It seems strange that it’s taken this long for Claire Denis and Isabelle Huppert to work together on a film, but whatever the reason, it was worth the wait. Denis’s “White Material,” featuring the legendary actress as a white African farmer who insists on staying in her home even though her war-torn country is descending into madness and bloodshed, offers the director yet another opportunity to display her beguiling style, with its patented mix of intense physicality and ethereal stylization. And who better than the amazing Huppert, the thinking man’s goddess of the arthouse corporeal, to help bring this vision to fruition? It’s a performance that relies more on movement and gesture than it does on dialogue and story. Huppert brings an intangible humanity to this character – despite the film’s elliptical style, we’re riveted by this woman’s onscreen ordeal. The result is one of the actress’s greatest parts – saying quite a bit, given that the résumé in question includes such films as “Madame Bovary,” “The Piano Teacher,” “Godard’s Passion,” and “Time of the Wolf.” I recently sat down with Huppert to talk about Denis’s unique way of working, and about the passing of her great friend and collaborator Claude Chabrol.
What went through your mind when Claire Denis first approached you to do this film?
She didn’t really approach me. We’ve known each other for many, many years, and she’s a friend – she was an assistant on a film [“Return to the Beloved”] I did years ago. I consider her a part of my artistic family. I had read Doris Lessing’s first book “The Grass is Singing,” which she wrote when she was 27 years old, and I was interested in doing that as a film. Claire and I were seeing each other regularly and I asked her if she would be interested in doing it. She read the book, and she kept the idea of doing a film about a white woman in Africa, but she didn’t want to do the book itself. She thought the character was too much of a victim in the book. She wanted someone more contemporary, more active — a stronger woman. Then she had the idea of writing the script with Marie N’Diaye, a great French writer who is part Senegalese.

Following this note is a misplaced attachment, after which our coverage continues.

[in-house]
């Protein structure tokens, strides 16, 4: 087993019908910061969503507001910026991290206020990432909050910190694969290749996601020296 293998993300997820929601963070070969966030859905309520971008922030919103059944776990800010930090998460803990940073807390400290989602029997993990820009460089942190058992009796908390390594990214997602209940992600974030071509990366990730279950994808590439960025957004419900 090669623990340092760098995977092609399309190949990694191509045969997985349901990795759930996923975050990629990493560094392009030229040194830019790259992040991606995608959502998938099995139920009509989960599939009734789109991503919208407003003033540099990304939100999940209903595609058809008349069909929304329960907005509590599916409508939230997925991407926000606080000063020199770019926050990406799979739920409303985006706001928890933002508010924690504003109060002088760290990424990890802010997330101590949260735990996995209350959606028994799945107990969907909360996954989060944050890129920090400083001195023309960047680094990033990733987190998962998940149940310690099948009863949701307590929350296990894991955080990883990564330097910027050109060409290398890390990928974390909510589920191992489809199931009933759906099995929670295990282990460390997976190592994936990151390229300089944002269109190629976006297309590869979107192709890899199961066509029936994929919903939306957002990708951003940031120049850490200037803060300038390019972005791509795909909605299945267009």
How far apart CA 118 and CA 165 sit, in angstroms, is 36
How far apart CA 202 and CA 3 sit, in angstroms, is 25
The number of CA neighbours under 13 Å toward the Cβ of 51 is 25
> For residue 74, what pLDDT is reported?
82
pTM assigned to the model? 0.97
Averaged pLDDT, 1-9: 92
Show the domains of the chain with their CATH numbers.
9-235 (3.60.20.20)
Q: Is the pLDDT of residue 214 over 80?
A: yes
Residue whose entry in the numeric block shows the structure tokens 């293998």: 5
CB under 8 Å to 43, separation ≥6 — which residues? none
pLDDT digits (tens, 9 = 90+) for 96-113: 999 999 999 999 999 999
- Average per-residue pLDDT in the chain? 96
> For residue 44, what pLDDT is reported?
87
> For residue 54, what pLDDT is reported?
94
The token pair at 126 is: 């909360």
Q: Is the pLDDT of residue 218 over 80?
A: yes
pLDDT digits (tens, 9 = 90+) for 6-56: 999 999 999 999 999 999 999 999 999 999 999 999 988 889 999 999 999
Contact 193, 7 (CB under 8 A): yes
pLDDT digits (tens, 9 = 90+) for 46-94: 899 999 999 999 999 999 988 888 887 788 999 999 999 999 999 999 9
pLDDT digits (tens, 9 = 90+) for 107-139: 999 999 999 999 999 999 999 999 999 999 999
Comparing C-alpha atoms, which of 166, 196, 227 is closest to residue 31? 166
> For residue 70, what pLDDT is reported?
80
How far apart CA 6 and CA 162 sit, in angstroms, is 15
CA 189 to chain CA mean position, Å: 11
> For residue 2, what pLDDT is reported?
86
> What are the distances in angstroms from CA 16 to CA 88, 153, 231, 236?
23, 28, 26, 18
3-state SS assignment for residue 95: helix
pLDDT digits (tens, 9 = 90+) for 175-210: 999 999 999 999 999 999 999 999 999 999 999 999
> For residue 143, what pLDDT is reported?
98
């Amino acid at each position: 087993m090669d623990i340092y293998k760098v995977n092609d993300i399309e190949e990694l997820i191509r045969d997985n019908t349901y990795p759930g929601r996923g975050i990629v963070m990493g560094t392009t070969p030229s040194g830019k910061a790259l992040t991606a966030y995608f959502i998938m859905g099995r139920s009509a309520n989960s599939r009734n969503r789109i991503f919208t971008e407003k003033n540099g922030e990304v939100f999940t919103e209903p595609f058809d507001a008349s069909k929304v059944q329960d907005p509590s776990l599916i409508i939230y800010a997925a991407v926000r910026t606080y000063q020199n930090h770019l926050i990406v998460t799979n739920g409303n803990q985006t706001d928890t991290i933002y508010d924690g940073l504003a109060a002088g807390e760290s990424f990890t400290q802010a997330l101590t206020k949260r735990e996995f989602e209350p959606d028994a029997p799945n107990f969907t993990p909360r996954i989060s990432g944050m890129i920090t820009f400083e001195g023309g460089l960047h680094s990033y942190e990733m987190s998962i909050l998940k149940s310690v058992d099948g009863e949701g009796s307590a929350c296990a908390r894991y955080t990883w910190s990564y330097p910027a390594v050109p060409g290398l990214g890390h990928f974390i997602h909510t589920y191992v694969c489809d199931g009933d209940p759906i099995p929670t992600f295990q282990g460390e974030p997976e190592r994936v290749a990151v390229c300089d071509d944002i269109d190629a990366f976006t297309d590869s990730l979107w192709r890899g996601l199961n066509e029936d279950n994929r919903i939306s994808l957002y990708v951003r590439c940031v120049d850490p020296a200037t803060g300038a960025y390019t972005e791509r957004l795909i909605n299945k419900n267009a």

How come the two of you hadn’t worked together before?
I don’t know. That’s a good question. She did other movies, I did other movies. But for “White Material,” I was a perfect go-between for Claire and her native land – I mean, she was not born in Africa, but she was raised in Africa. She knows how to speak about being a woman and being blonde in Africa – the fairness of the character, physically, really is what this film is about on some level. It’s about her color.
That brings up something I’m curious about. Your performances tend to be incredibly physical. Some actors will actually study and plan the way their characters will move well before they start filming. Is this something you prepare? Is it even conscious on your part?
No, it’s never conscious. But in this film, it was essential. I mean, that’s all it’s about. Even when [my character is] in tears at the end of the film, she doesn’t say, “I’m despairing,” or whatever. She just says, “I’m tired.” The film casts aside any psychology or strategy or complexity. She’s defined by her physical capacity to face these events. What’s interesting about it is that she’s fragile from the outside – others see her as being weak, and in some ways even the camera does. She’s like a twig. But when you come in closer to her, she’s very strong. In fact, Claire spoke of the character as almost a bionic woman – which was, of course, an exaggeration, but it gave me a real good idea of what to expect from her. She is, in fact, very physical, very daring – almost like a man. I had to learn to ride a motorcycle for this part. These extremes, between fragility and strength, I like that aspect of this character very much.
But one could say the same thing about a lot of characters you’ve played.
Yeah, you’re right. It’s true of almost all of the characters I’ve done. But here it’s a bit different because of the cinematic way Claire has of showing it – because of the landscape and the nature around her. She has these roots, and she wants to stick to these roots. But Claire casts a different light on these mechanisms. She has a very different take on post-colonialism. For this character, it winds up being about identity and not possessions. In the end, you talk about being but not having, and that’s the main difference. That’s what’s really original in this movie.